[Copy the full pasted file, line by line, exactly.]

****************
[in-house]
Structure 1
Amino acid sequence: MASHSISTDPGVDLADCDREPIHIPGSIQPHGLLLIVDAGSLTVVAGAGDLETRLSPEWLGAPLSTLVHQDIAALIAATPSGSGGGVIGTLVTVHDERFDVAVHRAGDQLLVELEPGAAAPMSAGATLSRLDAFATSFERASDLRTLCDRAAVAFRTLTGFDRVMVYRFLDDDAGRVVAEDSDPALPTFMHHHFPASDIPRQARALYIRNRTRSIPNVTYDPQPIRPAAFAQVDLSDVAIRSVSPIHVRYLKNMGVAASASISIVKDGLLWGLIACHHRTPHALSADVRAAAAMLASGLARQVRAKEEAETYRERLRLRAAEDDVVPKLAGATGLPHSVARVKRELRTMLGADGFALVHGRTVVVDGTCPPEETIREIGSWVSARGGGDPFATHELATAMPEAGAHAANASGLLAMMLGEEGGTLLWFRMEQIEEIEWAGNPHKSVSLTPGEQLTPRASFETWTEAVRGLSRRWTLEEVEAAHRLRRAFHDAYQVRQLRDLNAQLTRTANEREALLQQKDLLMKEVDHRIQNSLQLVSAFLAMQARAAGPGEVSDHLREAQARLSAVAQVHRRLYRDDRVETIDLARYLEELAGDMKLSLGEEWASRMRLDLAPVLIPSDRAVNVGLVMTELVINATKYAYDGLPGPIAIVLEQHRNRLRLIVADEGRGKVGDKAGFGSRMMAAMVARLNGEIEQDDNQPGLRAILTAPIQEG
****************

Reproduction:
[in-house]
Structure 1
Amino acid sequence: MASHSISTDPGVDLADCDREPIHIPGSIQPHGLLLIVDAGSLTVVAGAGDLETRLSPEWLGAPLSTLVHQDIAALIAATPSGSGGGVIGTLVTVHDERFDVAVHRAGDQLLVELEPGAAAPMSAGATLSRLDAFATSFERASDLRTLCDRAAVAFRTLTGFDRVMVYRFLDDDAGRVVAEDSDPALPTFMHHHFPASDIPRQARALYIRNRTRSIPNVTYDPQPIRPAAFAQVDLSDVAIRSVSPIHVRYLKNMGVAASASISIVKDGLLWGLIACHHRTPHALSADVRAAAAMLASGLARQVRAKEEAETYRERLRLRAAEDDVVPKLAGATGLPHSVARVKRELRTMLGADGFALVHGRTVVVDGTCPPEETIREIGSWVSARGGGDPFATHELATAMPEAGAHAANASGLLAMMLGEEGGTLLWFRMEQIEEIEWAGNPHKSVSLTPGEQLTPRASFETWTEAVRGLSRRWTLEEVEAAHRLRRAFHDAYQVRQLRDLNAQLTRTANEREALLQQKDLLMKEVDHRIQNSLQLVSAFLAMQARAAGPGEVSDHLREAQARLSAVAQVHRRLYRDDRVETIDLARYLEELAGDMKLSLGEEWASRMRLDLAPVLIPSDRAVNVGLVMTELVINATKYAYDGLPGPIAIVLEQHRNRLRLIVADEGRGKVGDKAGFGSRMMAAMVARLNGEIEQDDNQPGLRAILTAPIQEG